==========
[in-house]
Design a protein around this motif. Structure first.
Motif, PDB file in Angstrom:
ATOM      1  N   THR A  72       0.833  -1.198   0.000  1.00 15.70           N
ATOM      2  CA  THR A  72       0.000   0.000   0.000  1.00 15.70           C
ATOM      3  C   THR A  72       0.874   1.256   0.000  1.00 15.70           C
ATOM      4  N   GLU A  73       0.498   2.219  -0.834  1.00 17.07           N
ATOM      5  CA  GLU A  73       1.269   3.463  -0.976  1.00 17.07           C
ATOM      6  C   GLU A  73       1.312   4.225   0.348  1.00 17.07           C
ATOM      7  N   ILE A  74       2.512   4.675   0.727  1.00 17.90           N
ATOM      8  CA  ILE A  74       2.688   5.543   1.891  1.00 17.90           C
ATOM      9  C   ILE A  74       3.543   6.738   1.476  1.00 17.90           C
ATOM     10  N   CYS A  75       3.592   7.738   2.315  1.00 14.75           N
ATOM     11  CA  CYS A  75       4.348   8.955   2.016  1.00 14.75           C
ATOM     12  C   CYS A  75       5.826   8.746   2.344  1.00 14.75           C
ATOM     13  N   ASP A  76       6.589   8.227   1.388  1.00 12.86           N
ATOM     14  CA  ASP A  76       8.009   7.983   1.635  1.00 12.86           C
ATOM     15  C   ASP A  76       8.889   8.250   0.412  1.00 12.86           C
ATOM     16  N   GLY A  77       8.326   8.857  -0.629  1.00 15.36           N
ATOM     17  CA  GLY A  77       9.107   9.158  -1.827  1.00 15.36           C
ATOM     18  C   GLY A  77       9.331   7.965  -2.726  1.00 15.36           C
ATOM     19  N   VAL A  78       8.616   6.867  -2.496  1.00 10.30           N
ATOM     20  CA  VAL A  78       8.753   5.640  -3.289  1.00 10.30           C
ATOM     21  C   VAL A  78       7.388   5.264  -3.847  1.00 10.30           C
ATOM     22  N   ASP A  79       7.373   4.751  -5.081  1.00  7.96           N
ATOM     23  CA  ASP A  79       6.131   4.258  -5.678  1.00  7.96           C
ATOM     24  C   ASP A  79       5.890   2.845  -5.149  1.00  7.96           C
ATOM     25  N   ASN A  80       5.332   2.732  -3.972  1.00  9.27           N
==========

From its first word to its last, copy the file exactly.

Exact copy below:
[in-house]
Design a protein around this motif. Structure first.
Motif, PDB file in Angstrom:
ATOM      1  N   THR A  72       0.833  -1.198   0.000  1.00 15.70           N
ATOM      2  CA  THR A  72       0.000   0.000   0.000  1.00 15.70           C
ATOM      3  C   THR A  72       0.874   1.256   0.000  1.00 15.70           C
ATOM      4  N   GLU A  73       0.498   2.219  -0.834  1.00 17.07           N
ATOM      5  CA  GLU A  73       1.269   3.463  -0.976  1.00 17.07           C
ATOM      6  C   GLU A  73       1.312   4.225   0.348  1.00 17.07           C
ATOM      7  N   ILE A  74       2.512   4.675   0.727  1.00 17.90           N
ATOM      8  CA  ILE A  74       2.688   5.543   1.891  1.00 17.90           C
ATOM      9  C   ILE A  74       3.543   6.738   1.476  1.00 17.90           C
ATOM     10  N   CYS A  75       3.592   7.738   2.315  1.00 14.75           N
ATOM     11  CA  CYS A  75       4.348   8.955   2.016  1.00 14.75           C
ATOM     12  C   CYS A  75       5.826   8.746   2.344  1.00 14.75           C
ATOM     13  N   ASP A  76       6.589   8.227   1.388  1.00 12.86           N
ATOM     14  CA  ASP A  76       8.009   7.983   1.635  1.00 12.86           C
ATOM     15  C   ASP A  76       8.889   8.250   0.412  1.00 12.86           C
ATOM     16  N   GLY A  77       8.326   8.857  -0.629  1.00 15.36           N
ATOM     17  CA  GLY A  77       9.107   9.158  -1.827  1.00 15.36           C
ATOM     18  C   GLY A  77       9.331   7.965  -2.726  1.00 15.36           C
ATOM     19  N   VAL A  78       8.616   6.867  -2.496  1.00 10.30           N
ATOM     20  CA  VAL A  78       8.753   5.640  -3.289  1.00 10.30           C
ATOM     21  C   VAL A  78       7.388   5.264  -3.847  1.00 10.30           C
ATOM     22  N   ASP A  79       7.373   4.751  -5.081  1.00  7.96           N
ATOM     23  CA  ASP A  79       6.131   4.258  -5.678  1.00  7.96           C
ATOM     24  C   ASP A  79       5.890   2.845  -5.149  1.00  7.96           C
ATOM     25  N   ASN A  80       5.332   2.732  -3.972  1.00  9.27           N